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'Waltz With Bashir':

With vibrant, almost-trippy visuals, Ari Folman turns what could have been a stodgy documentary on its head. In the animated film, Folman interviews his old Israeli army comrades, trying to recall memories so disturbing that he has blocked them out. An Oscar nominee for best foreign film, Waltz is both haunting and beautiful. In theaters Friday.


'Years of Refusal' :

by Morrissey:

Keeping up the momentum of a comeback that began in earnest with 2004's You Are the Quarry, the enigmatic British singer returns with a solid set of songs that plays to his strengths: a polished but punkish croon and grudge-laced lyrics. It's certainly not a Smiths reunion, but we need something in the meantime. In stores Tuesday.


'DRUMLine Live':

Performers from America's top historically black colleges and universities join the Baltimore Symphony Orchestra this week for a night of intensity, pageantry and, most of all, percussion. Inspired by the hit film of the same name, DRUMLine Live mixes classic funk and soul with current hip-hop hits. Show starts at 7:30 p.m. Tuesday at the Meyerhoff.

For more: bsomusic.org


'American Rust' :

by Philipp Meyer:

In his debut novel, Meyer paints a grim yet compelling portrait of modern life in the rural hills of Pennsylvania. Amid shuttered steel mills and double-wide trailers, the Baltimore native crafts a tense, downbeat drama with a heavy helping of social commentary. In stores Tuesday.


'Killer Joe':

Single Carrot Theatre takes on the unsettling work of rising playwright Tracy Letts, who just won a Pulitzer Prize for his dark August: Osage County. This gritty comedy is just as bleak; Joe has an outcast contemplating killing his mom for much-needed cash. Opens at 7:30 p.m. Thursday at the Load of Fun Gallery in Station North.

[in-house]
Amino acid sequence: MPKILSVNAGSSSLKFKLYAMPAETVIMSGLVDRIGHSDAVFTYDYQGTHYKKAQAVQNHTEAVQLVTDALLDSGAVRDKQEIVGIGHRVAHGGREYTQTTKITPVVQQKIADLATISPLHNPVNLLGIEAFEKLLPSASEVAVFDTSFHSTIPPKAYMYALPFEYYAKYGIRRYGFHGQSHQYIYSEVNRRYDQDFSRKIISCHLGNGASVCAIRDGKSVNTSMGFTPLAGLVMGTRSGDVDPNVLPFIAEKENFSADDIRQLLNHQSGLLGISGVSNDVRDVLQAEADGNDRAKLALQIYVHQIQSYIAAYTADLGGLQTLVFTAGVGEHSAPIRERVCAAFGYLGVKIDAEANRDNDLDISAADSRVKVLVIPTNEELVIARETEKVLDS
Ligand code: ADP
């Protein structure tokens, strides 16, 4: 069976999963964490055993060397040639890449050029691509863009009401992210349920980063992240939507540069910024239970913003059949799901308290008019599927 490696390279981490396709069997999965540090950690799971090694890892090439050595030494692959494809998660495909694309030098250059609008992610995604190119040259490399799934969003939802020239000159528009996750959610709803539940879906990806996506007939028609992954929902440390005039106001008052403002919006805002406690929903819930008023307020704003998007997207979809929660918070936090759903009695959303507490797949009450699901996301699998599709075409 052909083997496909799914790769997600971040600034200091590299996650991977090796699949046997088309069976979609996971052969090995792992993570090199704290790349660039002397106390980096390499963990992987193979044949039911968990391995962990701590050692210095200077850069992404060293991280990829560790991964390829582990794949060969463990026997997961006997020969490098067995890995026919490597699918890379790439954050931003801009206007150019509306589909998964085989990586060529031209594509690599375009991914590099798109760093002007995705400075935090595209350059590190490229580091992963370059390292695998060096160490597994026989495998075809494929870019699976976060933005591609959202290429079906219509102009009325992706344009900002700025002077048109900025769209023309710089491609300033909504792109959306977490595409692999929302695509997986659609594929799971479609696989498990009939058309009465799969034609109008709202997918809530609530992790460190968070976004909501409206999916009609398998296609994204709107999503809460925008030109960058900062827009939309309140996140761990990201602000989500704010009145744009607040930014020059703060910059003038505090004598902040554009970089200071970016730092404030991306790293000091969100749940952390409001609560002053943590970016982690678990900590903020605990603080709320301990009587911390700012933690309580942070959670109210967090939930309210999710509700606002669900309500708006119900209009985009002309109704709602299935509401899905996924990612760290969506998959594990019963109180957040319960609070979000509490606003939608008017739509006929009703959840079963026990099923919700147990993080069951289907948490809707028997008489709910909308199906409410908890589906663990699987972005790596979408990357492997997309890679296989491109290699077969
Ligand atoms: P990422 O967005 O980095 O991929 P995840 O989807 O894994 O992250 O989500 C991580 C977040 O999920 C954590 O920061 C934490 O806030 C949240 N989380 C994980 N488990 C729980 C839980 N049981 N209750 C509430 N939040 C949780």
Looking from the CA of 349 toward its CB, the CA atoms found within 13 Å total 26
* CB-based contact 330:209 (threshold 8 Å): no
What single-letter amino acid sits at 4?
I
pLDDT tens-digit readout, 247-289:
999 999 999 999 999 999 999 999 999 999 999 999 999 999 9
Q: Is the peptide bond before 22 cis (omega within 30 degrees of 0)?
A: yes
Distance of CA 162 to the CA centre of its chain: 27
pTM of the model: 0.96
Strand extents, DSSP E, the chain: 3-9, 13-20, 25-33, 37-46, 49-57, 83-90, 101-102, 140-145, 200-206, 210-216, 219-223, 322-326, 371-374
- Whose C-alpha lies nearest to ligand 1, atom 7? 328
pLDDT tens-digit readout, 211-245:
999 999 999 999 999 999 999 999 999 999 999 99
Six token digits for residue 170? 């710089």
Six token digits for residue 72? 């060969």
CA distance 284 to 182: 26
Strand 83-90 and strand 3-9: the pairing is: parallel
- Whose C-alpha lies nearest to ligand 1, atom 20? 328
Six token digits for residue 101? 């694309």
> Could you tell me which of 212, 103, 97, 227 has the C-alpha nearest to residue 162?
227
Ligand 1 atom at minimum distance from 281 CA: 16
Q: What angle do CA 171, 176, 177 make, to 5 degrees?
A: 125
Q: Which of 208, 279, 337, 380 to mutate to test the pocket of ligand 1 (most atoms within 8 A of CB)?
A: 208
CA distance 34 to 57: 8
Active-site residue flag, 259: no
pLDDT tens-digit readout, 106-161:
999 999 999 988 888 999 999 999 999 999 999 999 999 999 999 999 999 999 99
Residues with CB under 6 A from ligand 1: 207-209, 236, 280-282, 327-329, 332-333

For more: singlecarrot.com


'Body of Lies':

One of last fall's most underappreciated films gets a second life on DVD this week. In this riveting spy thriller, Leonardo DiCaprio and Russell Crowe spar as CIA agents plotting to take down an elusive Islamic terrorist. Lies is worth overcoming your "Iraq-no-phobia" for. In stores Tuesday.


'Street Fighter IV':

Time to brush up on your Hadoken skills. The classic game gets an upgrade with sharper visuals and enhanced gameplay, but it mostly stays true to its 2-D roots. The result is an update that more than holds its own against modern fighting games while satisfying our nostalgia needs. Out Tuesday on PlayStation 3 and Xbox 360.


'Fantastical Imaginings':

Taking a page from surrealism, graphic novels and cartoons, Maryland Art Place is keeping it unreal this week with a new show of whimsical, fantasy-inspired pieces. Fourteen artists offer a wide range of work that evokes everything from Alice in Wonderland to modern anime. Opens Thursday at Maryland Art Place.

For more : mdartplace.org


Angie Stone:

While best known for her 2002 hit "Wish I Didn't Miss You," Stone has been a force in the hip-hop and R&B; world since the early '80s. This uplifting neo-soul singer takes full advantage of her lengthy experience in the music world, mixing the fresh and familiar in her songs. Shows at 5 and 8 tonight at Rams Head on Stage in Annapolis.

For more: ramsheadtavern.com


'Stealing Lincoln's Body':

Abe's 200th birthday month has brought on a flood of tributes and documentaries, but this may be the strangest. The History channel recounts the bizarre plot to hold Lincoln's body for ransom. While the extraneous digital effects are so-so, the real draw is this strange-but-true tale. Airs at 9 p.m. tomorrow.

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